Project owners and contributors can mark a project as blocked. Mark a project as blocked when you need assistance from colleagues or administrators to make progress. Domino administrators and your project collaborators will receive an email notification when you mark a project as blocked. Some common cases where raising a blocker can help are:
The same menu used to mark a project as blocked can be used to unblock the project, which returns it to a green, active status.
Project owners and contributors can mark a project as complete. You can record final conclusions and products in the project’s activity feed, and the project is filtered out of active project views. On your projects overview, select the Show completed projects checkbox to find projects that have been marked as complete.
The same menu used to mark a project as complete can be used to reopen the project, which returns it to a green, active status. A project marked as complete is still a fully functional Domino project. You can modify its files and start Runs in it, but before doing so you might want to reopen the project to indicate that work is continuing.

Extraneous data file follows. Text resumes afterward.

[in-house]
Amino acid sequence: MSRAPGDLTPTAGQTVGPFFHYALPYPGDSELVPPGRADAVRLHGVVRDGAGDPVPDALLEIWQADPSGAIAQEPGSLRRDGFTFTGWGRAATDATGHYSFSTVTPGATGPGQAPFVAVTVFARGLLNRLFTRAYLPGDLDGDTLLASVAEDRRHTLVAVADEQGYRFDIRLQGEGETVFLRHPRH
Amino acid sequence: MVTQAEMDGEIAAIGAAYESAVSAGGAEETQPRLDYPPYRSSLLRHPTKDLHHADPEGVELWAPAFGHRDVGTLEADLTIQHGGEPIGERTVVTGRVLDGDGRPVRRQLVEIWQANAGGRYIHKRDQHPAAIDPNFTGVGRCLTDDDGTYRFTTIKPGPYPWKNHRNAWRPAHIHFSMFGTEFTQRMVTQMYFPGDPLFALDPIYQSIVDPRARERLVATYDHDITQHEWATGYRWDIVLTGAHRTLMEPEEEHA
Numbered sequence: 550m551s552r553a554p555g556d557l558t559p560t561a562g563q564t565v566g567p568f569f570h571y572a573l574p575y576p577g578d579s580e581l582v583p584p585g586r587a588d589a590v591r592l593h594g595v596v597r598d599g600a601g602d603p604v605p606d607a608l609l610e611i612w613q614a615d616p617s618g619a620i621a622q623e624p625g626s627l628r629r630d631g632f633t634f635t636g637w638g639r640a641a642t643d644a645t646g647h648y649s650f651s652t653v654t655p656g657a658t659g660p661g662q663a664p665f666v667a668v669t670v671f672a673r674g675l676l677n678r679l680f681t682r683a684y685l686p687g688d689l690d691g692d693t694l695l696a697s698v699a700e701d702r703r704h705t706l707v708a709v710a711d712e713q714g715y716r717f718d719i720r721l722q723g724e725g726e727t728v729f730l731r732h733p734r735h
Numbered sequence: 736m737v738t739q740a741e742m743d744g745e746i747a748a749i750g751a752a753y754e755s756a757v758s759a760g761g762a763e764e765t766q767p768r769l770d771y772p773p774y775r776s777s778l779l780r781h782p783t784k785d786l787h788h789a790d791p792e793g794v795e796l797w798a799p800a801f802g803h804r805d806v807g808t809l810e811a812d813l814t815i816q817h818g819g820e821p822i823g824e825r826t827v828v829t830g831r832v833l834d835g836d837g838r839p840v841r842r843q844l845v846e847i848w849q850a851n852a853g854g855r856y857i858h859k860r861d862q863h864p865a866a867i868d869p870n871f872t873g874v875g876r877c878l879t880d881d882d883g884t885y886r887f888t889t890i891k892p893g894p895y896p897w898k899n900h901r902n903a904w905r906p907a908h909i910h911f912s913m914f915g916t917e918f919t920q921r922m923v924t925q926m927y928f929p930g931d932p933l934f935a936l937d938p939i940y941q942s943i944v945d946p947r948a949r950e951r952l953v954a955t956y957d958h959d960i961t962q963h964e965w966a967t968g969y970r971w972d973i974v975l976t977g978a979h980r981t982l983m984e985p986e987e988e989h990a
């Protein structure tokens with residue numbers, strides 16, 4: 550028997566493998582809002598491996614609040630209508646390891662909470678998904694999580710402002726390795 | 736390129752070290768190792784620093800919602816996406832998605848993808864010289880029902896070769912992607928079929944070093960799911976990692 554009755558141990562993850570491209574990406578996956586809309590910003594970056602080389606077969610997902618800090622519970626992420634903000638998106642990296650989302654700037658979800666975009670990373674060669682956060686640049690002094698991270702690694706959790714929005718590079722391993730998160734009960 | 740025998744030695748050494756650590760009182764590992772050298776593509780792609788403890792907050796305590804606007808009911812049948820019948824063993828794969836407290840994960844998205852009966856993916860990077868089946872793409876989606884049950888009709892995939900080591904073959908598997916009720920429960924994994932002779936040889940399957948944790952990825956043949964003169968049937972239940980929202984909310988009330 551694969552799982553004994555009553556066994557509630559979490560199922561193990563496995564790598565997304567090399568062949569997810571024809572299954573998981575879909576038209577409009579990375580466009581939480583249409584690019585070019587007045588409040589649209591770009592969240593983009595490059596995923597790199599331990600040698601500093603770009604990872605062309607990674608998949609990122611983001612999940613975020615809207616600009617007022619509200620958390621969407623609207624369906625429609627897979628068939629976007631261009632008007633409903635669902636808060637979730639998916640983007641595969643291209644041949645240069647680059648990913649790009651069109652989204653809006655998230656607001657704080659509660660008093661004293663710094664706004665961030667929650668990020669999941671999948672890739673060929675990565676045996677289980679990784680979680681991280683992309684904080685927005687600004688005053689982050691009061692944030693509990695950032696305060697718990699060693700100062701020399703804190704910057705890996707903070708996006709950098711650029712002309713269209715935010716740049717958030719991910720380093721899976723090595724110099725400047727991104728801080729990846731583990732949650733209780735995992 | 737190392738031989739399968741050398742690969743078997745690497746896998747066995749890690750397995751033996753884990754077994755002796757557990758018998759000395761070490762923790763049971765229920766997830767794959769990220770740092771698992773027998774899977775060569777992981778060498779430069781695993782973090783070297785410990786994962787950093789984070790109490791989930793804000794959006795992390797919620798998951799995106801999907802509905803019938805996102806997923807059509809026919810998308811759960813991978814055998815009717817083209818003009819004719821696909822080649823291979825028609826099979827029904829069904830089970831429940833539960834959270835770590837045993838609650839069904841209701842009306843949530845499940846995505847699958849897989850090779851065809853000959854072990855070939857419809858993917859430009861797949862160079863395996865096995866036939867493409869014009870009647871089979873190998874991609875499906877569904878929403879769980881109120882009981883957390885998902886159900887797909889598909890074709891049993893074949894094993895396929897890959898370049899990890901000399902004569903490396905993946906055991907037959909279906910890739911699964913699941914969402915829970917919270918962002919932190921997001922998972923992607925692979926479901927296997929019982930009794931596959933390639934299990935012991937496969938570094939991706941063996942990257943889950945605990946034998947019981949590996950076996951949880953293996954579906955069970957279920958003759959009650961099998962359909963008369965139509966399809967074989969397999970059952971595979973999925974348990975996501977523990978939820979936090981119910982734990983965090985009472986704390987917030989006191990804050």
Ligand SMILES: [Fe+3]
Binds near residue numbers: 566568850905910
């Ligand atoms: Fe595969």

Click Activity in the project menu to open the project’s Activity Feed. This page shows the history of activity in the project, including:
You can use the menu to filter comments, Jobs, or Workspaces. If you select two successfully completed Runs in the feed, you can use the comparison button next to the filter menu to open a Run comparison.